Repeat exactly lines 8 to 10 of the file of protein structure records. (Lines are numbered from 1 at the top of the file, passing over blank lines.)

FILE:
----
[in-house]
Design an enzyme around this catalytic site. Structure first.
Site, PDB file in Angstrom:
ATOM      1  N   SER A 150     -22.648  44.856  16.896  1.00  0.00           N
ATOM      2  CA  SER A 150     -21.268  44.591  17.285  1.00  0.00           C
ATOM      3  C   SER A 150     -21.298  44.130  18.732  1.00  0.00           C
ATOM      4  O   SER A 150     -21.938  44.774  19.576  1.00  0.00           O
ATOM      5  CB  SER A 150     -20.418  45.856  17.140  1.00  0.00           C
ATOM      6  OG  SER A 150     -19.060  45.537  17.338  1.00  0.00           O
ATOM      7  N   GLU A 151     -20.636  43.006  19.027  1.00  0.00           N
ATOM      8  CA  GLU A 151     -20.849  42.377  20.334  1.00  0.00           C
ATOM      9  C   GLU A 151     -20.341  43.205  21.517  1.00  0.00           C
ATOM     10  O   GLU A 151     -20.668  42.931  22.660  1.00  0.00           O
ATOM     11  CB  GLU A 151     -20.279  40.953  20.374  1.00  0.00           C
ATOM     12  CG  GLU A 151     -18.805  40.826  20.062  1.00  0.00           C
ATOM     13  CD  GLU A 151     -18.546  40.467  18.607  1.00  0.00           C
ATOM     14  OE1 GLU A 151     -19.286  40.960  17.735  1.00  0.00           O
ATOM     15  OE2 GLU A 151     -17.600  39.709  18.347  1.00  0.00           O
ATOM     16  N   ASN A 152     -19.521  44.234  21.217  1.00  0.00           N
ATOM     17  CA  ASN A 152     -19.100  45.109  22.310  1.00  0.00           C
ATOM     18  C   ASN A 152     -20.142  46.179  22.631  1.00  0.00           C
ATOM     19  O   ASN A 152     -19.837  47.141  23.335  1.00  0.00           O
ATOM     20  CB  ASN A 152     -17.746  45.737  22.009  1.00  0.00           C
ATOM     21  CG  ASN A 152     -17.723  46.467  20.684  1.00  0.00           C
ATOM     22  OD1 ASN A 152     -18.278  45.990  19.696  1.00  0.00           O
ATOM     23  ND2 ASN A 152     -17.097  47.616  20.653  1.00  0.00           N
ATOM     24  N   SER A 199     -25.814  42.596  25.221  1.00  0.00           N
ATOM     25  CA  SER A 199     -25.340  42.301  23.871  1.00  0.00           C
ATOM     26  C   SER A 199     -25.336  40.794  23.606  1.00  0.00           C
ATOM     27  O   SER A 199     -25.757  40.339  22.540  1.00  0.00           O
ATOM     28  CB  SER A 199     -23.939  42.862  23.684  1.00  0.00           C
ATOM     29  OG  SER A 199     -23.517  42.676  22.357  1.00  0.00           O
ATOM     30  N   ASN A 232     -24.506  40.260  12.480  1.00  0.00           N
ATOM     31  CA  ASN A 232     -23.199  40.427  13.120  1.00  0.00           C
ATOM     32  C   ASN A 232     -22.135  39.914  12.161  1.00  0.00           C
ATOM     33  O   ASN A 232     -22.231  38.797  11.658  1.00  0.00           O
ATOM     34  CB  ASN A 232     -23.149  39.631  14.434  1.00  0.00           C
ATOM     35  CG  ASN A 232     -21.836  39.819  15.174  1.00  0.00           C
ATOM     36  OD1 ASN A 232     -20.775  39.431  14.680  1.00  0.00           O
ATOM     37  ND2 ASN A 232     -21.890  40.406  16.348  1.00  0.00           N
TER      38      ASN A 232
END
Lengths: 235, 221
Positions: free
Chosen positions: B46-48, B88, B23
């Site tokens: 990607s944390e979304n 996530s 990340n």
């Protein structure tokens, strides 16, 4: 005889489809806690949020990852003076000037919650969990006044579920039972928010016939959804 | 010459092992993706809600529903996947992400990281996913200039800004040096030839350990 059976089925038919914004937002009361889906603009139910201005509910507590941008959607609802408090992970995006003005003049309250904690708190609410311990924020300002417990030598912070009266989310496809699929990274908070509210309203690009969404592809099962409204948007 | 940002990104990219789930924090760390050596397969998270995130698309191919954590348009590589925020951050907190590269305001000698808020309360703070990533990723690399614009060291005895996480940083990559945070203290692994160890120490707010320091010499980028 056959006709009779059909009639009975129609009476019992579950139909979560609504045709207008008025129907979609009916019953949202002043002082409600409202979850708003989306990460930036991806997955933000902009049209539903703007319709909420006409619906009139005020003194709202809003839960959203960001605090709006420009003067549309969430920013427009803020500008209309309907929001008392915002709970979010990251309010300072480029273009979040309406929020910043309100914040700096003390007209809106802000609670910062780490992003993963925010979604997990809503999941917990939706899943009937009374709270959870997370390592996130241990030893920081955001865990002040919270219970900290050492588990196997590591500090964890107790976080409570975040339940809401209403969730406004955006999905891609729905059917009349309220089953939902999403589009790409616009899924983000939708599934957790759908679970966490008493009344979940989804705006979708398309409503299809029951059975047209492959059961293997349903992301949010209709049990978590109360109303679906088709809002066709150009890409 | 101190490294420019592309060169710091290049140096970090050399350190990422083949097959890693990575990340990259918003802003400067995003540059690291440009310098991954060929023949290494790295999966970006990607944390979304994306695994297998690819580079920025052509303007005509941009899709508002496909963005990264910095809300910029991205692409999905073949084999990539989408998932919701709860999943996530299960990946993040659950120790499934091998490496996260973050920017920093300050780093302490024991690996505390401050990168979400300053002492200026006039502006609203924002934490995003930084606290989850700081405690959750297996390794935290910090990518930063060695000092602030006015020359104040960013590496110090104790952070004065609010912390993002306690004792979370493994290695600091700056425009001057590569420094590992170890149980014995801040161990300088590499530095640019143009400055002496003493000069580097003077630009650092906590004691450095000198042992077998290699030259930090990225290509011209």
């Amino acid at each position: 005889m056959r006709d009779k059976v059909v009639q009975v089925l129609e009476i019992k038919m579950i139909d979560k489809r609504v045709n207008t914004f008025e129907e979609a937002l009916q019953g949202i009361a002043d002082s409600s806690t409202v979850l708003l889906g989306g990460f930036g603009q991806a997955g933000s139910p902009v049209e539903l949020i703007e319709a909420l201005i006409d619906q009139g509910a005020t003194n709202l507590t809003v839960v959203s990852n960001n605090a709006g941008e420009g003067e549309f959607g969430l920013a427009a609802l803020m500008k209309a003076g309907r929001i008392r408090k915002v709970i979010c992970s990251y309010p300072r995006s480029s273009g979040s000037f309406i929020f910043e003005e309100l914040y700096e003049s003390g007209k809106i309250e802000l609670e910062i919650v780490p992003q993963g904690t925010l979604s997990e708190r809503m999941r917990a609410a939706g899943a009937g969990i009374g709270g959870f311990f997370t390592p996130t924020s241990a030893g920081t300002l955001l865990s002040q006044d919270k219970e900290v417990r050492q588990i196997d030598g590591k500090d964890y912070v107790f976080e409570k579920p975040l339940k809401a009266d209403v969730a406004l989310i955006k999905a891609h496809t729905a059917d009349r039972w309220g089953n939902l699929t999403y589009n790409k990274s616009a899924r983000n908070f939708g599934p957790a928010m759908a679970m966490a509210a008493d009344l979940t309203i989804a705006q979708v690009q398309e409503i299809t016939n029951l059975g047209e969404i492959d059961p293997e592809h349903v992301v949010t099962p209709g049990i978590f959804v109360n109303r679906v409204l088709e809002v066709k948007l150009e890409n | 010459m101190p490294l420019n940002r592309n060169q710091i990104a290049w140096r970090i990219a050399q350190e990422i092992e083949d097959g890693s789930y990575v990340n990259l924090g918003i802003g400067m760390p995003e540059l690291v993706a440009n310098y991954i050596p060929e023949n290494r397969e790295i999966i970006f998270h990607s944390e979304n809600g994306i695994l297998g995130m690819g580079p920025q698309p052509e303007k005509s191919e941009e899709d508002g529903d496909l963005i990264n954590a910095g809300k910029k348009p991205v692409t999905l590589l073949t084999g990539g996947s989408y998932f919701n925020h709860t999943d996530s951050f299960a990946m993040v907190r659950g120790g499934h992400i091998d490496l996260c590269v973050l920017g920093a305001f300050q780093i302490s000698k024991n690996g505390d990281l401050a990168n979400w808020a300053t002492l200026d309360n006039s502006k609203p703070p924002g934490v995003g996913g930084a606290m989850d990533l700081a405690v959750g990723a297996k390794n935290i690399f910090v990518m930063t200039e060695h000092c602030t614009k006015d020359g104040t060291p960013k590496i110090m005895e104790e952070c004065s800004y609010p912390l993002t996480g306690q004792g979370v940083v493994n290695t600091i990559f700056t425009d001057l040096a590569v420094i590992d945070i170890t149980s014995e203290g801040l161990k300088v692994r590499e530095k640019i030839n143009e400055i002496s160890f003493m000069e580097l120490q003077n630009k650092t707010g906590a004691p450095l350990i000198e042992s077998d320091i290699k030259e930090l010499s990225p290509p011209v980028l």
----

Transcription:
ATOM      5  CB  SER A 150     -20.418  45.856  17.140  1.00  0.00           C
ATOM      6  OG  SER A 150     -19.060  45.537  17.338  1.00  0.00           O
ATOM      7  N   GLU A 151     -20.636  43.006  19.027  1.00  0.00           N